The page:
-Why not gossip at the card party – we’re only talking, we’re not hurting anyone.
-Let the kids play Dead Space and Mortal Combat – it will keep them quiet and give them something to do and certainly won’t harm them – they’re just games.
-Why shouldn’t I pick on him at recess – everyone else does.
-Sure I cut corners on getting the job done – how else am I supposed to make any money?
-Don’t give her credit for getting it done — just let everyone think it was you who did it.
All of these statements reveal values that ignore the Gospel message of Jesus. And to challenge these values – would involve speaking a truth that counters the culture and demands commitment to the Gospel.
To challenge these values – means struggling to sort out the complexities we face daily – figuring out what Gospel truth requires – and then speaking and living that truth with compassion — even IF it means a division between family members and friends. . .
For you see – Jesus never intends on those divisions lasting very long. For he also says in the Gospel:
If the same person sins against you 7 times 70 times – and asks for forgiveness – you must forgive them.
And he tells us to “do good to those who hate you and bless those who curse you.”
Compassion, forgiveness, understanding, and mercy – are all Gospel values. And the work of the Gospel always invites dialogue – to reconcile differences – so as to witness to the power of God’s healing love.
May we be blessed with the courage and the faith to do this – whatever the cost. Even if it does make us a little odd.

18th Sunday of Ordinary Time: August 3 / 4

Bigger Barns
Or
Bigger Hearts?

-Fr. Matthew
Brumleve

This is a story about a parable Jesus told and about a brother and sister named Will and Jessica.
One day Jessica and Will came home from school hungry and wanted a snack. Their mother had baked a pie earlier in the week and there was just enough left for each of them to have a slice.
“Let’s have a piece of pie,” suggested Will.
“I’ll get the pie while you get us each a glass of milk,” he said to his sister.
When Will sliced the pie, it turned out that one piece was slightly larger than the other piece. . .
Jessica poured each of them a glass of milk and sat down at the table. When Will brought the two pieces of pie over from the counter, he placed the smaller piece in front of Jessica and kept the larger piece for himself.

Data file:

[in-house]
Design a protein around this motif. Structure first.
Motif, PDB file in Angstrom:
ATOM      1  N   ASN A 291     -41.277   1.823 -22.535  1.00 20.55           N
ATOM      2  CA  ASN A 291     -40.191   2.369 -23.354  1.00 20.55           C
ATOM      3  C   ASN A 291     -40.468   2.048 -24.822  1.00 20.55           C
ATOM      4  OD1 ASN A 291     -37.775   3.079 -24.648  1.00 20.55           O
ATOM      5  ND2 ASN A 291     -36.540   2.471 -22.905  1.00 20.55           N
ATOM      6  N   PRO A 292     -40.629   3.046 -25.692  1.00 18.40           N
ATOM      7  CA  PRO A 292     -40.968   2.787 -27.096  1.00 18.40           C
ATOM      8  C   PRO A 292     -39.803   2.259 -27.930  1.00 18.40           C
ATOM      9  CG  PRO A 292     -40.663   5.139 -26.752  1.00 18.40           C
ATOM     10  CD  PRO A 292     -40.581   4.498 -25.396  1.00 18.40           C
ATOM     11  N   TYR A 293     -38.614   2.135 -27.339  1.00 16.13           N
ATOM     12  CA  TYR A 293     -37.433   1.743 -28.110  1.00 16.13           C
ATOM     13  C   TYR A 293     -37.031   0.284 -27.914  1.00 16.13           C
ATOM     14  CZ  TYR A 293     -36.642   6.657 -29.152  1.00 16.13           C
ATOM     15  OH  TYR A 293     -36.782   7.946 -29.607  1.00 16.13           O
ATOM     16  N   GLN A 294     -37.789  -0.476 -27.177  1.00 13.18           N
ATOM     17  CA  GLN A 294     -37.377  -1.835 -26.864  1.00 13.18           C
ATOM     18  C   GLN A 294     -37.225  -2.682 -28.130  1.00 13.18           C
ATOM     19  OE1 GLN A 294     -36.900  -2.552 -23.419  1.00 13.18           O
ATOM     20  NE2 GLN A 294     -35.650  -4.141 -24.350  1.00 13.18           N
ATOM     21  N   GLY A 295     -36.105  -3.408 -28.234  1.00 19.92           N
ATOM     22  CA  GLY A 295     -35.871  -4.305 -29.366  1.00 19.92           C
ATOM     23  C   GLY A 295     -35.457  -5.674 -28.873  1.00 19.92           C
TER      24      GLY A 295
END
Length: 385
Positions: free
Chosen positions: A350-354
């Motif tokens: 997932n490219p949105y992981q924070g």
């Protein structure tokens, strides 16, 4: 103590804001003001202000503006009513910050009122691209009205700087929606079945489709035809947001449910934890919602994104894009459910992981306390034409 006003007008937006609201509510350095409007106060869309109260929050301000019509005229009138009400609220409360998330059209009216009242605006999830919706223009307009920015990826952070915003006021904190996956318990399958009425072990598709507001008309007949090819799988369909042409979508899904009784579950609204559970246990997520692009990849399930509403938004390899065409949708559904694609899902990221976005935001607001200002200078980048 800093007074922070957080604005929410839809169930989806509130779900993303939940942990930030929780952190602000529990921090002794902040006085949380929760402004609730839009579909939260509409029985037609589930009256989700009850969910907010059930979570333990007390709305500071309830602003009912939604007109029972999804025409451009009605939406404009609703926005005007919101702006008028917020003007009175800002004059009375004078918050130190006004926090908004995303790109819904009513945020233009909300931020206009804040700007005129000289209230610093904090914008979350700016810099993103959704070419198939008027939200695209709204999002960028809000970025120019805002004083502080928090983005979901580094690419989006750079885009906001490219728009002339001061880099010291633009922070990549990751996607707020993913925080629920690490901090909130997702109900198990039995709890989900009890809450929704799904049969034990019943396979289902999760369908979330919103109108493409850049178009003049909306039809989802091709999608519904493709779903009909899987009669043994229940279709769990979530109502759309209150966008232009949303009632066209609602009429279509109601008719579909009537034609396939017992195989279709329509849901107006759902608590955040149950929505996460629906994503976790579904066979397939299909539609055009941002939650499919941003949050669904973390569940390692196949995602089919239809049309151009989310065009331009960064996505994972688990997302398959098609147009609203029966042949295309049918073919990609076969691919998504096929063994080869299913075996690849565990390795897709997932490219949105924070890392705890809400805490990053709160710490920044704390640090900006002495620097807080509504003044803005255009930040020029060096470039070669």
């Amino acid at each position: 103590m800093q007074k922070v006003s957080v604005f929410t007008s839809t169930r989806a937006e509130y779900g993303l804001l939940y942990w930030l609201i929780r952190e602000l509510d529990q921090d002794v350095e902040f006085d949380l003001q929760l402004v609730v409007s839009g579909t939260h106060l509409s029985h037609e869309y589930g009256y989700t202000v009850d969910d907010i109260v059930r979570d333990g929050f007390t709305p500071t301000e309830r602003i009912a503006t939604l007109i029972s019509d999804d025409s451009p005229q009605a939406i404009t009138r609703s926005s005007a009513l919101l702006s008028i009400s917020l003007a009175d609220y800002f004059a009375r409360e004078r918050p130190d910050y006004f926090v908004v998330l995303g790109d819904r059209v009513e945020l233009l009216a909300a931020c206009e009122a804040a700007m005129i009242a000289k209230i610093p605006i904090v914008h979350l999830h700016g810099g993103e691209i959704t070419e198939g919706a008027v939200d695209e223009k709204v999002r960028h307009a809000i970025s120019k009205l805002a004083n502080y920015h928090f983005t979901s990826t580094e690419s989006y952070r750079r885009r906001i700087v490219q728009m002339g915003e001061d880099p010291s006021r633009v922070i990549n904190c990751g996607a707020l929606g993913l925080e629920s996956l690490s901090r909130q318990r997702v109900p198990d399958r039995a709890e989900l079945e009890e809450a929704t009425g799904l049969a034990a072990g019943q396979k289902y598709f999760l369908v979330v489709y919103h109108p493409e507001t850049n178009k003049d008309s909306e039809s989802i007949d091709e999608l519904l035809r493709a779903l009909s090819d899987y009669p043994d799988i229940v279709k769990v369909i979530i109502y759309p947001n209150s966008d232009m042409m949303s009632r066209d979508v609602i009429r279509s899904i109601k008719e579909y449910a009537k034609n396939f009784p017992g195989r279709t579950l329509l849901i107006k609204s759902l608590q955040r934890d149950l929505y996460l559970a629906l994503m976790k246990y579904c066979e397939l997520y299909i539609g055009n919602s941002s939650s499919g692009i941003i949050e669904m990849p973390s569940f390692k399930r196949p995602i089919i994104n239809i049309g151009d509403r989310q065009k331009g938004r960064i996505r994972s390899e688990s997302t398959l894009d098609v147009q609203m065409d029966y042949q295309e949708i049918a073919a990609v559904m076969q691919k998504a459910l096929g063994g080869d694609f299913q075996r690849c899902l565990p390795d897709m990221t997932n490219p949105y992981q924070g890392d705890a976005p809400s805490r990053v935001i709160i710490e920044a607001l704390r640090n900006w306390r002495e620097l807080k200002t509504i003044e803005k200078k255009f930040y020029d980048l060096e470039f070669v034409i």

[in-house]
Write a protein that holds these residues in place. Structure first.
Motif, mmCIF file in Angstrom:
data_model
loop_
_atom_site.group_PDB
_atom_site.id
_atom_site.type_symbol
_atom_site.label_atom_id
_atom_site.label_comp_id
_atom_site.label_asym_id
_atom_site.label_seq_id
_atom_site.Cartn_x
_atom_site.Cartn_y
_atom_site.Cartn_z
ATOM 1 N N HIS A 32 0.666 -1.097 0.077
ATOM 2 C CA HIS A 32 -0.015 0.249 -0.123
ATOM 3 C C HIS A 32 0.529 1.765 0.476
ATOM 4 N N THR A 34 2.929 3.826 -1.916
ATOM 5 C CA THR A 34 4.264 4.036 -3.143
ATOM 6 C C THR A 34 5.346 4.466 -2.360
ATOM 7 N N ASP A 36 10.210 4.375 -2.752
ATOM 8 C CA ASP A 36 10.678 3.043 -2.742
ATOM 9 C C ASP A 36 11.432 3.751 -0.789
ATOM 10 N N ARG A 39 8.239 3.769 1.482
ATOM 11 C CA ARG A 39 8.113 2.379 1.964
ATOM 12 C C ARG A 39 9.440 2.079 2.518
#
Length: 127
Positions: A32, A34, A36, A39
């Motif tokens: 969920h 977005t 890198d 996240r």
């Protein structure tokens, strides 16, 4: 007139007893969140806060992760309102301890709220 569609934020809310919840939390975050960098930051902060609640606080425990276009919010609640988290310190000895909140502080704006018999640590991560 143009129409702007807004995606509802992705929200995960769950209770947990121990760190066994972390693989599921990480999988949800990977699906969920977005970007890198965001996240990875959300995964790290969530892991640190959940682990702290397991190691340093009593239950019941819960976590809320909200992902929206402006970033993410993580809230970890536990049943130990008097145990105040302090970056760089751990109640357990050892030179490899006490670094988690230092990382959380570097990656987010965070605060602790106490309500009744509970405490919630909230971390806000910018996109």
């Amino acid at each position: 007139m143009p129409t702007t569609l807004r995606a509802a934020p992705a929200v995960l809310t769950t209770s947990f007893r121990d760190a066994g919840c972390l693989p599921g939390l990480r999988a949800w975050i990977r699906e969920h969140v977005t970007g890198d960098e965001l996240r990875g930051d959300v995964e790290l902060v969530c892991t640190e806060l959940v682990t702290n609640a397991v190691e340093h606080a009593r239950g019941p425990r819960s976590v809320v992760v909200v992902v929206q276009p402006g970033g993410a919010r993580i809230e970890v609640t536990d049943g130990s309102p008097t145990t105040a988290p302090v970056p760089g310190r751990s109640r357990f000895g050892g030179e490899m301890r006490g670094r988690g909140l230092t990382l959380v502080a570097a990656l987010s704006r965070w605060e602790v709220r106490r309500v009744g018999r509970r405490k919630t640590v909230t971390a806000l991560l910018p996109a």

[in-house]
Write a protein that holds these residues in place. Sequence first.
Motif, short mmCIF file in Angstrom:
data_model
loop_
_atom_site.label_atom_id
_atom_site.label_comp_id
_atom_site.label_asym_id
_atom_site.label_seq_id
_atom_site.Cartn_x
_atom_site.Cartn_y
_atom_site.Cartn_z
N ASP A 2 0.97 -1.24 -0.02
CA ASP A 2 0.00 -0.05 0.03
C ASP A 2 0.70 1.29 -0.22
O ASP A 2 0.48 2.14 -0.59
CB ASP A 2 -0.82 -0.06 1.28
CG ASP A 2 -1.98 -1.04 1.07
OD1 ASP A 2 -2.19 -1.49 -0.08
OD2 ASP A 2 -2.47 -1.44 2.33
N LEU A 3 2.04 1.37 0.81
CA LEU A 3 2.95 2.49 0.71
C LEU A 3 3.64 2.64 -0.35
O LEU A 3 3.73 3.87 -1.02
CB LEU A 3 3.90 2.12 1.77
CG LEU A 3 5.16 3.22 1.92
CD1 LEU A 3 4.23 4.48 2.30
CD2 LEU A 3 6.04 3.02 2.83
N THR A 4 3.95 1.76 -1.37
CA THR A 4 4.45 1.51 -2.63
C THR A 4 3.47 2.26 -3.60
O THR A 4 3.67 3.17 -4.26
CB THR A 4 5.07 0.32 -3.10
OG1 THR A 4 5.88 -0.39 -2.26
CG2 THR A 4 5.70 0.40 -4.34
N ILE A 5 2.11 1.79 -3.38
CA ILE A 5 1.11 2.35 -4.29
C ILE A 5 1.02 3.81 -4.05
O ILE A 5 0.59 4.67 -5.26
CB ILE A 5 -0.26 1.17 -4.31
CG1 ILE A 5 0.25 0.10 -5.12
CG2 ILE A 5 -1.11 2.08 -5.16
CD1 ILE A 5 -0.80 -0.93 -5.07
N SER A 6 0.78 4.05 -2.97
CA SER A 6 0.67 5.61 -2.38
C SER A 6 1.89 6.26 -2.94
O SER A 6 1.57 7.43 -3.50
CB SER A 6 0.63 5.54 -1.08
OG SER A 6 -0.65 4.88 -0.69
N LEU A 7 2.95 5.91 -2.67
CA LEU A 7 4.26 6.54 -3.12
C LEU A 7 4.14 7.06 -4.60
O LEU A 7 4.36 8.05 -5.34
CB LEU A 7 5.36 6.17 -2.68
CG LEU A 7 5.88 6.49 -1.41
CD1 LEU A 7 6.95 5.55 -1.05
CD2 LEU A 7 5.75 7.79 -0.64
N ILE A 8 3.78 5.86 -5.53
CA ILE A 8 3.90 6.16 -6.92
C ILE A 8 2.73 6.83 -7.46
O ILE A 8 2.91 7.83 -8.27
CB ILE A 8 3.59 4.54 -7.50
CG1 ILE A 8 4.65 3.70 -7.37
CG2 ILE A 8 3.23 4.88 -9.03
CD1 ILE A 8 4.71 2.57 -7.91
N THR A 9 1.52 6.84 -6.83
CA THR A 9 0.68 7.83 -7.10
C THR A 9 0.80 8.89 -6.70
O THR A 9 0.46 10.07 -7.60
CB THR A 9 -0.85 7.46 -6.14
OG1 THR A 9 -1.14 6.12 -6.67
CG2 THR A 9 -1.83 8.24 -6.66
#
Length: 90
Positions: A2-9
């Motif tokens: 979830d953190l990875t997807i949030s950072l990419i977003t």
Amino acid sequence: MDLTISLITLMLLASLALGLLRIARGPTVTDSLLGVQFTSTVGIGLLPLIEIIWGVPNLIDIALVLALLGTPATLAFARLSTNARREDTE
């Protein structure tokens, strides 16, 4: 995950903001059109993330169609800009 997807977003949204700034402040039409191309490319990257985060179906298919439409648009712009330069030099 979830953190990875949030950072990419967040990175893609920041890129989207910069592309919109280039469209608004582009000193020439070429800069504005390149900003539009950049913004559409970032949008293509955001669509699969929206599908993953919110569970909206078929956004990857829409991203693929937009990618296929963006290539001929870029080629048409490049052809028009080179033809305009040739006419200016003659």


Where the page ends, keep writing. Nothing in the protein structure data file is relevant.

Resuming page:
“Wait a minute,” cried Jessica. “Look what you’ve done – you gave me the smaller slice of pie and kept the larger piece for yourself. I don’t think that’s very fair.”
“Well how would you have done it?” Will asked.
“If I were serving the pie,” said Jessica, “I would have been generous and given you the larger slice and kept the smaller one for myself.”
“Well, what are you complaining about then?” Will said. “That’s exactly what just happened – you got the smaller piece, and I got the larger piece – so thank you for your generosity!”
They both kind of looked at each other and then began to giggle . . . but most of all, they began to dig into their piece of pie!

We might think the story rather funny ourselves – but selfishness and greed and being generous and sharing – are all very serious topics. . . Every day, we see people who not only want the biggest slice of pie for themselves – they want it all!! And that’s what Jesus told a story about, a parable about – in today’s Gospel.

The man in Jesus’s story was very rich. He had a large, fertile farm which produced very good crops.
“What should I do?” The man asked himself. “I have such a large harvest that I don’t have room in my barns to store all of it.”
So what did the man do? You know he could have shared some of what he had with those who did not have very much. . . but is that what he did??
No, instead he said, “I will just build bigger barns so I can keep everything for myself.” Then he kicked back, thinking he had plenty of everything. He ate, drank, and was merry. . .
And much like the Grinch who tried to steal Christmas many years ago – the man’s heart shrunk in size. . .

And God had other plans, for this man with the small heart: God said to the rich man, “You fool! You will die this very night – -then who is going to get everything??”
God is certainly good and has given most of us — more than we need.
The question is: what will we do with what God has given us?

Will we share it with those who don’t have as much as we do – allowing our hearts to grow in size — or will we greedily keep it for ourselves – so that our hearts shrivel up to the size of a peanut?
Remember the warning that Jesus gave to the listeners of his story: “Watch out! Be on you guard against all kinds of greed.”

So are we going to just have bigger barns in our lives – or are we going to have bigger hearts: hearts that grow and expand – because of our generosity??
Generosity may well be the most natural outward sign of an inner attitude of compassion and loving kindness.

And, as the rich man in Jesus’ story shows us – we cannot do an act of kindness too soon – because we never know when it will be too late. . .

And so we pray: Loving God, you have blessed most of us with more than we need. Help us to be generous and to share with those who may not have as much. This we ask through Christ our Lord. AMEN!

15th Sunday of Ordinary Time: July 13/14, 2019

My name is Samuel. But most people just call me Sam.
Like Don Coreleone in the Godfather movies – I was named for the place where I was born. . . I am from SAMARIA — so I am Sam, the Samaritan.
Now certainly you have heard of Samaria and Samaritans – and my bet is, if you have, your impressions aren’t that great. . .